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Labor Divided in the Postwar European Welfare State
The Netherlands and the United Kingdom

  • Date Published: June 2013
  • availability: Available
  • format: Hardback
  • isbn: 9781107035492


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About the Authors
  • This book explains how the success of attempts to expand the boundaries of the postwar welfare state in The Netherlands and the United Kingdom depended on organized labor's willingness to support redistribution of risk and income among different groups of workers. By illuminating and explaining differences within and between labor union movements, it traces the historical origins of 'inclusive' and 'dual' welfare systems. In doing so, the book shows that labor unions can either have a profoundly conservative impact on the welfare state or act as an impelling force for progressive welfare reform. Based on an extensive range of archive material, this book explores the institutional foundations of social solidarity.

    • Provides a major reconsideration of organized labor's role in the development of the postwar welfare state
    • Offers a comprehensive history of the British and Dutch welfare states, tackling all the major social insurance risks (old age, unemployment, sickness and disability) on a chapter-by-chapter basis
    • Entirely original research based on a wealth of untapped primary resources
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    Reviews & endorsements

    'Oude Nijhuis's book is a convincing and timely contribution to the contemporary debates on welfare state development. It highlights the gripping conflicts that, while dealing with seemingly tedious and technical features of welfare programs, reveal key differences in the welfare state preferences of labor and capital. This book opens new paths for further research.' Matthieu Leimgruber, University of Geneva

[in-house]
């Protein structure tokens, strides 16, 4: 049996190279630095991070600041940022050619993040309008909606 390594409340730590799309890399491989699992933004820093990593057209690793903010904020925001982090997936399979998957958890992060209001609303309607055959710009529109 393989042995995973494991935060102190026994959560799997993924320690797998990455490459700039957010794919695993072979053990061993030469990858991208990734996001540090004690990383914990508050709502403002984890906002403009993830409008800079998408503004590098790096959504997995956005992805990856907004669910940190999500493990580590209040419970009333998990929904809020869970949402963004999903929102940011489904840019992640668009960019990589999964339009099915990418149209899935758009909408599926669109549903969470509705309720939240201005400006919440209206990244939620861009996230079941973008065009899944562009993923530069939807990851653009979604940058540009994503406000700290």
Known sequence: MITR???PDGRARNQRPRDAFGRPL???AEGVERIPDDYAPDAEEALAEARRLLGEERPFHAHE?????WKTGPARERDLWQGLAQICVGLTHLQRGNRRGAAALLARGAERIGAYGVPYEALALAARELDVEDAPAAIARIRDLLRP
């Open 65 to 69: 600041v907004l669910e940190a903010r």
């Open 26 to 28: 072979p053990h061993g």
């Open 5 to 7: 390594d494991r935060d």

'Oude Nijhuis's book is an essential contribution to our knowledge about welfare state formation … His most intriguing and eye-opening findings concern opposition to reform within organized labor - an issue that is virtually missing from the literature as an important empirical phenomenon or even a theoretical possibility. In Britain, most notably, it played a crucial role in stunting the welfare state. The research is entirely original, based as it is on a wealth of untapped primary sources, including archival sources from both the United Kingdom and the Netherlands. For this reason, even readers well versed in the literature on the British welfare state will be in for surprises. Those interested in the Netherlands, including Dutch readers, will find a deep trove of new knowledge about welfare state formation in that country as well.' Peter Swenson, Charlotte Marion Saden Professor of Political Science, Yale University

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    Product details

    • Date Published: June 2013
    • format: Hardback
    • isbn: 9781107035492
    • length: 268 pages
    • dimensions: 235 x 157 x 20 mm
    • weight: 0.5kg
    • contains: 2 b/w illus. 9 tables
    • availability: Available
  • Table of Contents

    1. Labor and the development of the postwar welfare state
    2. Labor divided
    3. The development of old age pensions in The Netherlands and the United Kingdom
    4. The development of unemployment insurance in The Netherlands and the United Kingdom
    5. The development of disability insurance in The Netherlands and the United Kingdom
    6. Union solidarity and the use of social security for early retirement purposes in The Netherlands
    7. Conclusions and implications.

  • Author

    Dennie Oude Nijhuis, Universiteit Leiden
    Dennie Oude Nijhuis is an Assistant Professor of History at Leiden University. He has been a visiting lecturer at Bilgi University, Istanbul University and Chulalongkorn University, and a research fellow at Yale University's Department of Political Science. Oude Nijhuis specializes in the comparative political economy of labor markets and welfare states and the political economy of European integration. His work has been published in World Politics, Labor History, Twentieth Century British History and the Journal of Economic and Social Geography. His thesis was shortlisted for the Nederlandse Kring voor de Wetenschap der Politiek Annual Dissertation Award. He has received an NWO–Rubicon grant for a research proposal that aimed to uncover the determinants of organized labor support for redistribution. In 2011 he was awarded the prize for best article of the year on a non-U.S. or comparative topic by the journal Labor History.

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